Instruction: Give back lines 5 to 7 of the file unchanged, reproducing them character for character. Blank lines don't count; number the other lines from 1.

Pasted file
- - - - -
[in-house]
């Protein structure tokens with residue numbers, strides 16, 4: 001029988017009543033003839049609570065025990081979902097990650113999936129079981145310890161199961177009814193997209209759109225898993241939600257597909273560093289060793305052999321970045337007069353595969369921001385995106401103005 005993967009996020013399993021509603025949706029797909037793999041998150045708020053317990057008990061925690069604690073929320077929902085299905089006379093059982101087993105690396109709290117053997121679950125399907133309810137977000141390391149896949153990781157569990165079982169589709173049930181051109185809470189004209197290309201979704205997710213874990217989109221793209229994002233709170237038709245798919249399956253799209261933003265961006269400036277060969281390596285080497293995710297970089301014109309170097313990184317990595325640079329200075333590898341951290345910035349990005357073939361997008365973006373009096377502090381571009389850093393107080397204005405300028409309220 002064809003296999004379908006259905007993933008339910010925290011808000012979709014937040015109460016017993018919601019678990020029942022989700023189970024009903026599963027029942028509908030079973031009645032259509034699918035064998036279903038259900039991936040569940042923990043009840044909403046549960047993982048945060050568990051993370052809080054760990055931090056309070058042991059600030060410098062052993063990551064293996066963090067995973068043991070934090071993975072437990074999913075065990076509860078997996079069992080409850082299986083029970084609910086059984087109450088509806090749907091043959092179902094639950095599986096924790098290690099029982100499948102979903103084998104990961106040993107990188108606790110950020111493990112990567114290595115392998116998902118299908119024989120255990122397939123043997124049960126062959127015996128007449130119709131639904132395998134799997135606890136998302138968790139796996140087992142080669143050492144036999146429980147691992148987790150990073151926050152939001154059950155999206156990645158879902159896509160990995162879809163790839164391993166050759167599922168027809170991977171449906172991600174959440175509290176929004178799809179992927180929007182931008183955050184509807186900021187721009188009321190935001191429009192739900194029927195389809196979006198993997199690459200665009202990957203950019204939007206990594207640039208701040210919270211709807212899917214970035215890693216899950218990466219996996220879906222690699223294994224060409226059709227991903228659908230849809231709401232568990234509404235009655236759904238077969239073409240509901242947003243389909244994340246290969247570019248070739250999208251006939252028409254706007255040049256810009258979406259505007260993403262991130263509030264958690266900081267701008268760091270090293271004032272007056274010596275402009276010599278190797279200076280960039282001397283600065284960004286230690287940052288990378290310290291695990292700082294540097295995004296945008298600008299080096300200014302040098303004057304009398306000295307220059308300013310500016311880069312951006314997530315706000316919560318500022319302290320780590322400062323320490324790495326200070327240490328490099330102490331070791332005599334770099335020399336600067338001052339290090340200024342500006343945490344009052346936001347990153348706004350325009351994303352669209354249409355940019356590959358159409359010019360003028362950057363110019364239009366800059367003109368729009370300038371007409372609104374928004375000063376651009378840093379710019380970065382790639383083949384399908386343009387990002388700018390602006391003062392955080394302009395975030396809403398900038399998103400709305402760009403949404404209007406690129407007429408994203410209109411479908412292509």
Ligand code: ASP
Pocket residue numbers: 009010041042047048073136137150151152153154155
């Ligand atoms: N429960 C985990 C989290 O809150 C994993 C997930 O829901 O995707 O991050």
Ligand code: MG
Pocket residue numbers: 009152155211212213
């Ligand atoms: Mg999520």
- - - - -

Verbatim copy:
């Ligand atoms: N429960 C985990 C989290 O809150 C994993 C997930 O829901 O995707 O991050």
Ligand code: MG
Pocket residue numbers: 009152155211212213